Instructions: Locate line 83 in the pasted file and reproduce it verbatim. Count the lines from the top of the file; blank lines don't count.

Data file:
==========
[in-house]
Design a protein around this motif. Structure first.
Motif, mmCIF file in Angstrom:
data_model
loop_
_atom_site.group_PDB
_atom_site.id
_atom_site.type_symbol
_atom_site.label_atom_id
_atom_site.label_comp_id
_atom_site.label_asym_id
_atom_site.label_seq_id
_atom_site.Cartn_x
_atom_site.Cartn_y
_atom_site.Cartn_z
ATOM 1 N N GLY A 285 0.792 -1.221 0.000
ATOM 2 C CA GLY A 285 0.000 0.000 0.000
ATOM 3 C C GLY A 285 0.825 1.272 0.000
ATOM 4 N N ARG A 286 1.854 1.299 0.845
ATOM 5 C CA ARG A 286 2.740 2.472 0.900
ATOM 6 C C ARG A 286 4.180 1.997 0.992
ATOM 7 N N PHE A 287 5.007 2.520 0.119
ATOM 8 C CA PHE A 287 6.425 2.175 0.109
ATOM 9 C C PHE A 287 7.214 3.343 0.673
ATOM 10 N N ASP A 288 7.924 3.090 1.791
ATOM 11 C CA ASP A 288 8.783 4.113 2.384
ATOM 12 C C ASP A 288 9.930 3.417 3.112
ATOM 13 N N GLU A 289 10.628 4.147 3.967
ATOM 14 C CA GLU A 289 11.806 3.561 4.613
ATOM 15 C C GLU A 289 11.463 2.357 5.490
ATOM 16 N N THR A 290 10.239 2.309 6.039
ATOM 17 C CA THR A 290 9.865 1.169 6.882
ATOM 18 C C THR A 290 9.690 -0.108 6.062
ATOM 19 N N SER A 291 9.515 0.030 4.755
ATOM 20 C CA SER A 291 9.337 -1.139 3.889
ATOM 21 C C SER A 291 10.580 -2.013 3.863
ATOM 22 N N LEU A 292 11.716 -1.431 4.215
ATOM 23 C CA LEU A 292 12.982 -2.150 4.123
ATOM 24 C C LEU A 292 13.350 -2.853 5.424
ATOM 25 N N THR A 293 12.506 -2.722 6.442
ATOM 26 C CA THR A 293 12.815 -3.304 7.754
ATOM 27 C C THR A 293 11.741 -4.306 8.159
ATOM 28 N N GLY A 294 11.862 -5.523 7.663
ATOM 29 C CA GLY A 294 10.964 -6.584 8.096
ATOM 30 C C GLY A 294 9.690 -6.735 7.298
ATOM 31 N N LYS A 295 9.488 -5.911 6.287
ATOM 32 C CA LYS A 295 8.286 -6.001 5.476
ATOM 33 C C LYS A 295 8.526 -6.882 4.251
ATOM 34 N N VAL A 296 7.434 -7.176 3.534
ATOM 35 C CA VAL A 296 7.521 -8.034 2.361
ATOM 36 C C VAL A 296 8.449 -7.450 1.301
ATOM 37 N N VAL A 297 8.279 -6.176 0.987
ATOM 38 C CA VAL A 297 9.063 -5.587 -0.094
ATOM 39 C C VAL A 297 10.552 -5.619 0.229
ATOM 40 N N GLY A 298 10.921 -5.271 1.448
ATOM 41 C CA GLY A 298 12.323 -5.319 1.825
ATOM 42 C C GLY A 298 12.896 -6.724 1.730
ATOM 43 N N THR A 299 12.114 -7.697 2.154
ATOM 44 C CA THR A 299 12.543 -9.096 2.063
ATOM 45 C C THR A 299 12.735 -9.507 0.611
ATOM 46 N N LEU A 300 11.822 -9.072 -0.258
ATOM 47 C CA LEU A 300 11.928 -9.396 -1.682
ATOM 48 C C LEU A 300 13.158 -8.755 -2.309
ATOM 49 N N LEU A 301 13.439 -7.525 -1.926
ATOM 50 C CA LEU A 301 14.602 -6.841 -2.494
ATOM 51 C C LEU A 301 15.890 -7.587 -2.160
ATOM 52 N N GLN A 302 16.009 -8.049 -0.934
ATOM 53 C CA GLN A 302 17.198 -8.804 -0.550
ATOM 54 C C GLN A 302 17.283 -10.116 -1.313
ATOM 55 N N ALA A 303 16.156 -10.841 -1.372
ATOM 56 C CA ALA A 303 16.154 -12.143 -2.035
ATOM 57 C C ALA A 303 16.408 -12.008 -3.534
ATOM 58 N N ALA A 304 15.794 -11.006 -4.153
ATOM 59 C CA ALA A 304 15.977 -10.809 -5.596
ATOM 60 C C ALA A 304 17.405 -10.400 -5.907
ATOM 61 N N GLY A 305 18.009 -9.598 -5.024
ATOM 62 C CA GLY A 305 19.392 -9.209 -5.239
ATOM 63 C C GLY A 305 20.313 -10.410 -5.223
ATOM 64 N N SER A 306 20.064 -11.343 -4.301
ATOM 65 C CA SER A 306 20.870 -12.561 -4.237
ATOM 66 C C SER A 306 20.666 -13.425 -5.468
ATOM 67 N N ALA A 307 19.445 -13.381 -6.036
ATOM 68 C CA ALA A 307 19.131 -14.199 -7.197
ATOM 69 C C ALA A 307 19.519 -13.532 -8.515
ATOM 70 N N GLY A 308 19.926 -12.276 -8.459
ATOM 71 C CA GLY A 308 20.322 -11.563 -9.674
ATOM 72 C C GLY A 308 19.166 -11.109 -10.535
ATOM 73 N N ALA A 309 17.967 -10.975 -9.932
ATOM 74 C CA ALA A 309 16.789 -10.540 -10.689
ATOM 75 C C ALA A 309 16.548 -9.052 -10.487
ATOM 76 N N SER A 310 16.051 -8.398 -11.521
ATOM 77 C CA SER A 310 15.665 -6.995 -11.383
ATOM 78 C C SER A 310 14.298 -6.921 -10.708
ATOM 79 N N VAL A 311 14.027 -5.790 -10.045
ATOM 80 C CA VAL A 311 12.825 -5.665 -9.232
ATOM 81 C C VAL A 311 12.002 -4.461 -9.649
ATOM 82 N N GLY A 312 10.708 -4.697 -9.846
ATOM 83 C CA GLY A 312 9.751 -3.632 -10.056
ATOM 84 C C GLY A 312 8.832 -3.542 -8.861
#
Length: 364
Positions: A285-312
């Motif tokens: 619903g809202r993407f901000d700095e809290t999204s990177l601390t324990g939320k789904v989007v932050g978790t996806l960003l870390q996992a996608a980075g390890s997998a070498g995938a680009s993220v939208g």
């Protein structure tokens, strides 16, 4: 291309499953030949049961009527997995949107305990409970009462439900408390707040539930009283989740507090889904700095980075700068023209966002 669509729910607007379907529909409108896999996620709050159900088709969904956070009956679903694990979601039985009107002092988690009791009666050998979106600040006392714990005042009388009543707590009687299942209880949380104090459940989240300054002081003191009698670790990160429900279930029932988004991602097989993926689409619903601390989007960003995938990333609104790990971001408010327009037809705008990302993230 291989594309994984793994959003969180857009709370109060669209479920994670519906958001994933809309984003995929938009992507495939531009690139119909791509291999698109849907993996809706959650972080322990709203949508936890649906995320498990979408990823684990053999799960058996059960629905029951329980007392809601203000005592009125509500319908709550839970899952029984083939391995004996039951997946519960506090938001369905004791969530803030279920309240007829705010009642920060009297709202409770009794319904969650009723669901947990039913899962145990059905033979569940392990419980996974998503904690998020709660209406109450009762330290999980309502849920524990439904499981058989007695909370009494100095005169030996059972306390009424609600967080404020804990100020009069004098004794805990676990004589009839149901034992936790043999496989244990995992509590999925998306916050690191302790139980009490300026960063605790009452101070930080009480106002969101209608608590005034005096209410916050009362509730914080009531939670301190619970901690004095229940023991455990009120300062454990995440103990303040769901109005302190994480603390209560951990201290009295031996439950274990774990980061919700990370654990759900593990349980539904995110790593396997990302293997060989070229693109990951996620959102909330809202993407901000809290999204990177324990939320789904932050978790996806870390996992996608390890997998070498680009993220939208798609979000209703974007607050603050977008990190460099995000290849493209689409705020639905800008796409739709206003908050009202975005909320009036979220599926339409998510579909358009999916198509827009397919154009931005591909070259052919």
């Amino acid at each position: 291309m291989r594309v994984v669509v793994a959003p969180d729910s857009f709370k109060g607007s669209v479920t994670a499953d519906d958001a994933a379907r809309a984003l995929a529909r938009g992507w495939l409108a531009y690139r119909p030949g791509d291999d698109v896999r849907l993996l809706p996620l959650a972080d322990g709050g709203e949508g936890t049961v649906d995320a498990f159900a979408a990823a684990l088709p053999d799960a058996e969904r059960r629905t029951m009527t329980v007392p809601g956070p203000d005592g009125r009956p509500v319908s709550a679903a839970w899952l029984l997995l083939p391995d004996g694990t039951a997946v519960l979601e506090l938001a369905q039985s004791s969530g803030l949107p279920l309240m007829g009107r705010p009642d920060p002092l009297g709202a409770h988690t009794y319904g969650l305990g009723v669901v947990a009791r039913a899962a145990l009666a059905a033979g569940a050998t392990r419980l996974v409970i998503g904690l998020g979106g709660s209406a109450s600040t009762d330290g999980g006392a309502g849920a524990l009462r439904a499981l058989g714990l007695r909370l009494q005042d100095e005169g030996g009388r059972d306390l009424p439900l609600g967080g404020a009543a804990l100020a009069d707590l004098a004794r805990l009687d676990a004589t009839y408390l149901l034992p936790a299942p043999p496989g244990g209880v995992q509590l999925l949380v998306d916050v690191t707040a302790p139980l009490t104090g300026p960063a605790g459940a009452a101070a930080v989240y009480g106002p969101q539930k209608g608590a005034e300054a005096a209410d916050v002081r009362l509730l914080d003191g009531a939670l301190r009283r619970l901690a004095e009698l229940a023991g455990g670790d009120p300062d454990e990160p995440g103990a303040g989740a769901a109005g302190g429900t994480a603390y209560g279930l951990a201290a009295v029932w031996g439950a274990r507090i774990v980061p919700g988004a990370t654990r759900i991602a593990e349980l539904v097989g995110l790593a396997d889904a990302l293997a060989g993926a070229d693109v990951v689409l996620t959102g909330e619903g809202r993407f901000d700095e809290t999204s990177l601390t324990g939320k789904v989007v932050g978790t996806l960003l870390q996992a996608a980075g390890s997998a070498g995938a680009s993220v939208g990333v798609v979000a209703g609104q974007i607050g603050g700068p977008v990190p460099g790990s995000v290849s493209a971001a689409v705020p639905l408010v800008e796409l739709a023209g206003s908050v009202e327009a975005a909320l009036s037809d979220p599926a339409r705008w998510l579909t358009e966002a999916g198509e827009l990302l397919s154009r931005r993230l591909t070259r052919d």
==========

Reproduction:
ATOM 68 C CA ALA A 307 19.131 -14.199 -7.197